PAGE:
China's first platform for international trade in cultural goods and services, the Shanghai International Cultural Service Trade Platform, was officially launched on September 28, 2008 in the city's bonded area.
An important facility of the platform, the 130-m-high Oriental International Cultural Trade Center is close to Customs Terminal 2 of Shanghai Waigaoqiao Free Trade Zone and has about 59,000 sq m of gross floor area.
The Waigaoqiao Free Trade Zone, the first and largest among the 14 free trade zones on the mainland, has attracted 150 of the companies on the Fortune 500 list to open offices in the zone. Its economic volume alone equals the combined total of the other 13 zones.
The platform was co-funded by the Shanghai municipal government and Shanghai's Pudong district government at a total cost of 500 million yuan.
The 38-story building includes a conference center, an exhibition center, a business service center and an audio-visual center.
The facility offers convenient access to a developed traffic network: Subway line 6 lies right in front of the platform and it takes only 30 minutes to drive to the People's Square, the center of Shanghai, It is also 40 minutes by car to either of the city's two airports and is about 25 minutes by subway to the Shanghai 2010 Expo park in Pudong.
The platform will increase in size by the end of 2009 when construction is completed on a 115-m-tall facility with a total floor space of 36,000 sq m.
Platform for trade
As China encourages the cultural services - including movies, TV programming, animation and property rights - to go global, the platform in Shanghai serves as a one-stop site for imports and exports, a gathering place for foreign and domestic cultural service enterprises, and a testing ground for implementation of cultural trade policies and an exhibition venue for cultural products, as well as a training center for industry professionals.
"Through communication with foreigners, we realize the urgency of redefining and promoting our own cultural products in order to make people in other nations understand us easier," said Ren Yibiao, chairman and general manager with Shanghai Oriental Huiwen International Cultural Service Trading Co Ltd, the operating company of the platform.
Ren said after the Beijing 2008 Olympic Games giving wide exposure to Chinese culture, the cultural service platform will provide more opportunities for the world to understand China better through movies, music, dramas, shows and forms.
Although Shanghai's high-end office rental is already $2 or $3 a day per sq m, the cultural service trade center offers culture-related companies a leasing price much lower, said Ren.
More firms moving in
Currently, a dozen cultural companies have signed rental contracts with the center, and a total of 200 members are expected to move in by the end of 2009, including performing arts companies, TV and movie production firms, publishing houses, cartoon and animation producers and others. It can accommodate between 2,000 and 5,000 people.
And cultural-related companies continue to show strong interest. Four branch companies under the Xinhua Media have already settled in the building, according to Ren.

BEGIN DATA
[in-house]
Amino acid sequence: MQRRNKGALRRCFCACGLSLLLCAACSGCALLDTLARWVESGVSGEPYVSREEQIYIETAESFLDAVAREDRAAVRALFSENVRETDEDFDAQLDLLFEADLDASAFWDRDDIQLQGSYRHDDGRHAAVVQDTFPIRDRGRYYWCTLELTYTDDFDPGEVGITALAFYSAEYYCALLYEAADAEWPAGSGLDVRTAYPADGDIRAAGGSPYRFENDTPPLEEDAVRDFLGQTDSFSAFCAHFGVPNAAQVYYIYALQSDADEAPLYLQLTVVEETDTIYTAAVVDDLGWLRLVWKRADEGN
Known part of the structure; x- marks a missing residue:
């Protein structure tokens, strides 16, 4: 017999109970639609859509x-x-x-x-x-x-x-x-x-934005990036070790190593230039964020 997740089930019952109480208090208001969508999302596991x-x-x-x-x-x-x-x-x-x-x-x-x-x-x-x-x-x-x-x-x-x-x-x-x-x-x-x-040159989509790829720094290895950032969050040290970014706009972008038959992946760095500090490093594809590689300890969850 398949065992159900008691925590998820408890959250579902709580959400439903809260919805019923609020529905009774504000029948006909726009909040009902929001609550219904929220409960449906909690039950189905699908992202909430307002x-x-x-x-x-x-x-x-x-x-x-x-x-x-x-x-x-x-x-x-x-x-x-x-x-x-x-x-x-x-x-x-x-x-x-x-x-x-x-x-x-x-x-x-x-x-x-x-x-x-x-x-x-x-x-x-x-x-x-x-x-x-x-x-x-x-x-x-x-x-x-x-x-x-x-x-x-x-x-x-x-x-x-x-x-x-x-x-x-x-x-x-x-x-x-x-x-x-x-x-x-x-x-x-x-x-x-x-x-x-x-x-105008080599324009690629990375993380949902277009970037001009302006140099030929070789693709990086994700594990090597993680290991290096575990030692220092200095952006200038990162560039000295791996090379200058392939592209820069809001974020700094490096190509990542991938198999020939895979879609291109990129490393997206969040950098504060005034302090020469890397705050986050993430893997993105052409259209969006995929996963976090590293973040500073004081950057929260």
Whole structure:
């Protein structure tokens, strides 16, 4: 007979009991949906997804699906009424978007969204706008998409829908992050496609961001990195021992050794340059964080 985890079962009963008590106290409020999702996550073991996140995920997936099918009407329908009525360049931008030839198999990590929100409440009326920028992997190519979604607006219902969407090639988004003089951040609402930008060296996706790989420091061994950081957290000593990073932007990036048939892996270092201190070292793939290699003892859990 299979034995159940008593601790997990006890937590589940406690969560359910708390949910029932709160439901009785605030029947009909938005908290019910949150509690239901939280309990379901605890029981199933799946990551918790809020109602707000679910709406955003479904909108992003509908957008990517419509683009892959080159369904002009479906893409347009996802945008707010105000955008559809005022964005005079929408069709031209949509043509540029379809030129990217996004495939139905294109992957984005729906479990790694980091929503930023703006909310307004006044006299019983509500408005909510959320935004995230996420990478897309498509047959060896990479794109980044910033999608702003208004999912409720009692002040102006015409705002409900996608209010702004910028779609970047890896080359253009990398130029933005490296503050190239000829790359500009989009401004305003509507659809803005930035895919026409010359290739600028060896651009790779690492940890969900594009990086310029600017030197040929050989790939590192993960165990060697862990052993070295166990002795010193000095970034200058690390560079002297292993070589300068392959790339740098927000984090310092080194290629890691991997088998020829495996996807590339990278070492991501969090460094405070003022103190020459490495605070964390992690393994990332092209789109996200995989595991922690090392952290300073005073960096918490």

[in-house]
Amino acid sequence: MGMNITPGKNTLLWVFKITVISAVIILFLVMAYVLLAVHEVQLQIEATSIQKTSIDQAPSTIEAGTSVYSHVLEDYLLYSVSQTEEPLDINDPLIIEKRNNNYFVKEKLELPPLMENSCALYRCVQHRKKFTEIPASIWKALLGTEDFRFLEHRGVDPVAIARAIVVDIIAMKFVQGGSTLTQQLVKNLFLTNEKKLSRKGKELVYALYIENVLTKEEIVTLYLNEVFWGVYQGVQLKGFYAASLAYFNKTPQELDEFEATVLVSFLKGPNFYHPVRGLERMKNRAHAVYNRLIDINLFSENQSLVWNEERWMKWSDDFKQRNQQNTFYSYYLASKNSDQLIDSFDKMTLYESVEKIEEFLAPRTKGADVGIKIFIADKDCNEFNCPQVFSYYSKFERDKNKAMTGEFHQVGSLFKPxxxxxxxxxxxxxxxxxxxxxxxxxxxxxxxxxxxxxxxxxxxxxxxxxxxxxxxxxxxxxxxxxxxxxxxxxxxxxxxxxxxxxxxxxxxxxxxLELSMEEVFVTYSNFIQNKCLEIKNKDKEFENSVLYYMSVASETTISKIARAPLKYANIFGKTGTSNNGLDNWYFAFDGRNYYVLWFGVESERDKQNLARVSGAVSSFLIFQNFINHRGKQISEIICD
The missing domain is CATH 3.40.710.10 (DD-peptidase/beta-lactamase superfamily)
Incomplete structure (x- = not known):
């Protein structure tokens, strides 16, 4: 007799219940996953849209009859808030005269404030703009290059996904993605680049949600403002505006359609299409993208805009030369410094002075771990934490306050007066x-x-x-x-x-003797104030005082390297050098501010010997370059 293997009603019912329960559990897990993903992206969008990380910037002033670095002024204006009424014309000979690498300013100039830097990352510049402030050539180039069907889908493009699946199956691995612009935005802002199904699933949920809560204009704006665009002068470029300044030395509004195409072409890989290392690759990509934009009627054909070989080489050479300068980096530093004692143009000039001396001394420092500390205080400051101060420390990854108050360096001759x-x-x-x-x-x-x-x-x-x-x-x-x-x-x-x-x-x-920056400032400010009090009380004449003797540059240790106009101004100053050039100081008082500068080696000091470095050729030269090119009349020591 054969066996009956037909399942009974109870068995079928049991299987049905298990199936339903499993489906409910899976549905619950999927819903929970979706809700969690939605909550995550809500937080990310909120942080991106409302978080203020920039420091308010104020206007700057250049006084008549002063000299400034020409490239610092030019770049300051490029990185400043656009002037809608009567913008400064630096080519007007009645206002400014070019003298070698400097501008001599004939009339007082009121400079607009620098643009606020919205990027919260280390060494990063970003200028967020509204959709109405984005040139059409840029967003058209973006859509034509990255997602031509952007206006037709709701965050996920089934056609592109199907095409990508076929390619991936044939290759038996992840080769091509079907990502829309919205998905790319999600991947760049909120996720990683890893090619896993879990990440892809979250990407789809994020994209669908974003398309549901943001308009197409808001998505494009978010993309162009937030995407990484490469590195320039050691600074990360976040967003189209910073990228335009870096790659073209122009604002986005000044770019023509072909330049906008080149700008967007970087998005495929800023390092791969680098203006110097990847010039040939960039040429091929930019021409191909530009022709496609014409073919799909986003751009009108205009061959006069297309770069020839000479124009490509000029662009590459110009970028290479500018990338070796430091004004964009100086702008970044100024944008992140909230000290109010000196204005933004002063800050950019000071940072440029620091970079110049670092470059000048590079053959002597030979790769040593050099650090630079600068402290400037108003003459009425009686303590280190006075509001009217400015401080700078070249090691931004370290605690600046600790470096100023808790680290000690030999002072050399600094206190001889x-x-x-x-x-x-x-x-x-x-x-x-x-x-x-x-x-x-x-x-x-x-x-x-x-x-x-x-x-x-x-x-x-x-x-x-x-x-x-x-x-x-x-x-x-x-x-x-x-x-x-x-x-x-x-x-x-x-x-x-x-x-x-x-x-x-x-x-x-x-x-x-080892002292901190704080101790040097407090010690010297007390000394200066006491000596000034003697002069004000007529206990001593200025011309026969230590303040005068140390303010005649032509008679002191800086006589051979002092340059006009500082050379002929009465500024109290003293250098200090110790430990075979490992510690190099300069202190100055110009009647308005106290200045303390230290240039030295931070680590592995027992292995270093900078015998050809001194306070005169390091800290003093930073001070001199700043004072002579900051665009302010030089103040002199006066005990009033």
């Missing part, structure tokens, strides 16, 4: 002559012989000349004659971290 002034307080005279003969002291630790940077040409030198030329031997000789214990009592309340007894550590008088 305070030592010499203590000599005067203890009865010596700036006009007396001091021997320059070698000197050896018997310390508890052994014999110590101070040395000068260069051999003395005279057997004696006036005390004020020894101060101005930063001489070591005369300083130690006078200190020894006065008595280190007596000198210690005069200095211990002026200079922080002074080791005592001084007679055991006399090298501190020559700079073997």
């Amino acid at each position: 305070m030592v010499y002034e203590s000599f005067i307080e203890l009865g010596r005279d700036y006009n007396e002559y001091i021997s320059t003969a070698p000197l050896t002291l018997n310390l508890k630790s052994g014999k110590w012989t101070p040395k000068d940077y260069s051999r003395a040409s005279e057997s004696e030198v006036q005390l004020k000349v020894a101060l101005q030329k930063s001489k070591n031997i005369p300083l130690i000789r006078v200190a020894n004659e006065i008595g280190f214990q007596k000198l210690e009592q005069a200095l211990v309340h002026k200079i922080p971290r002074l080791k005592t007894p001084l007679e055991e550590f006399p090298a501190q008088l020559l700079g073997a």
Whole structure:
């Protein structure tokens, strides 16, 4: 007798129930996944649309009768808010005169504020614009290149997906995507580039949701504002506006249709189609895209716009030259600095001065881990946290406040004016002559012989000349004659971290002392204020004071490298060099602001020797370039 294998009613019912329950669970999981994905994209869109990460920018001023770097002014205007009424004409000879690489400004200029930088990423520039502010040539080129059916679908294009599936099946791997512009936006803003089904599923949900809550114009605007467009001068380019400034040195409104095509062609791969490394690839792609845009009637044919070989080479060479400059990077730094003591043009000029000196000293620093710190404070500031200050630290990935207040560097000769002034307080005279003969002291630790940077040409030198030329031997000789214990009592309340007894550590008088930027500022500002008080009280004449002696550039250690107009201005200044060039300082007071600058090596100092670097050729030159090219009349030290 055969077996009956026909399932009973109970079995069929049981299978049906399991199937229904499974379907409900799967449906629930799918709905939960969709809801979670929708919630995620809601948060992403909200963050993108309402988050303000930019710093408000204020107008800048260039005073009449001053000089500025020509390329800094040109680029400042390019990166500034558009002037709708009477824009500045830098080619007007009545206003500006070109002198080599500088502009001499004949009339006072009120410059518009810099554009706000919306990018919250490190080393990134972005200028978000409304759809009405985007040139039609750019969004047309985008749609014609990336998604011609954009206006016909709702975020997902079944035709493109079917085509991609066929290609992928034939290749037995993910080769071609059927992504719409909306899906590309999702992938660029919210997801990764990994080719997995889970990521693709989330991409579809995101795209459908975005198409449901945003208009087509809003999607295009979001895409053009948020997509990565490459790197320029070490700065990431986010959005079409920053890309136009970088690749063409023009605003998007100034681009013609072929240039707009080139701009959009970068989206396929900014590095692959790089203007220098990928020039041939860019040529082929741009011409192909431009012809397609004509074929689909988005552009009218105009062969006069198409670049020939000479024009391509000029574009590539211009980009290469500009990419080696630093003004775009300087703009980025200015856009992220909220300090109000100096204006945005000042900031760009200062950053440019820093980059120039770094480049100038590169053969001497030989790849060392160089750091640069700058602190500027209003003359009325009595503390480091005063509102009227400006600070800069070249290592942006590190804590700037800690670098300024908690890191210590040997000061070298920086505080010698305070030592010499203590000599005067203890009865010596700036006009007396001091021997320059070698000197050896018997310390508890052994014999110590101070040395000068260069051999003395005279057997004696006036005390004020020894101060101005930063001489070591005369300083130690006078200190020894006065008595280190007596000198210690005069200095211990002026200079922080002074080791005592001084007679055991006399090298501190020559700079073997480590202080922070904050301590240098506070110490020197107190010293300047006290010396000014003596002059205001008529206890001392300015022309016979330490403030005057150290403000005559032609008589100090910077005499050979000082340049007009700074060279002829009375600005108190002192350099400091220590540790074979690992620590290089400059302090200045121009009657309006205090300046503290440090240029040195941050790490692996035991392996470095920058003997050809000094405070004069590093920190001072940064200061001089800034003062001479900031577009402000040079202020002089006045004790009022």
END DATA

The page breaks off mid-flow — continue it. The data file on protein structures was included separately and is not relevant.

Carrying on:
Ren said companies in the platform can enjoy a package of favorable treatment offered by the Waigaoqiao Free Trade Zone.
For example, Waigaoqiao is a bonded area "inside the border yet outside customs", which means goods made in China will not be treated as domestic products, while products made overseas will not be levied tariffs as they are considered still outside the country.
Registered companies in the free trade zone will not be charged tariffs for importing equipment for their own use. The tariff exemption will reduce the purchase price as much as 30 percent, significantly lowering startup and hardware costs.
As a growing number of companies are feeling the squeeze from the global economic slowdown, Ren said that might provide new opportunities for the platform.
"We see almost all industries have taken a hit from the global turmoil, but the cultural service industry is an exception, as shown during the 1930s when the big depression hit the United States and the globe," said Ren.
Ren pointed out that Hollywood had its most prosperous era during that time as people went to the movies for relief from the realities of the day.
Similarly, the cartoon industry in Japan developed greatly during the 1970s when the country experienced inflation and economic problems, said Ren.
"We see the financial crisis offers challenge and opportunities. The key to success for the platform is to develop cultural services and products that meet market trends, help people overcome their woes from the economic crisis, and become optimistic towards life and work," he said.
The platform has a full schedule for next year, with a high-profile music forum after the Chinese New Year. In March, the platform will organize a delegation to attend the 2009 FILMART in Hong Kong, and in July it will take part in an entertainment festival in the United States. Other activities include the Frankfurt Book Fair and the China Cultural Industry Fair in Shenzhen.
"This is a fresh attempt to explore how culture can be linked with business and make the most economic gains of the two industries. We hope our success will inspire more international cultural service trade platforms to appear in China in the future," Ren said.
Source: China Daily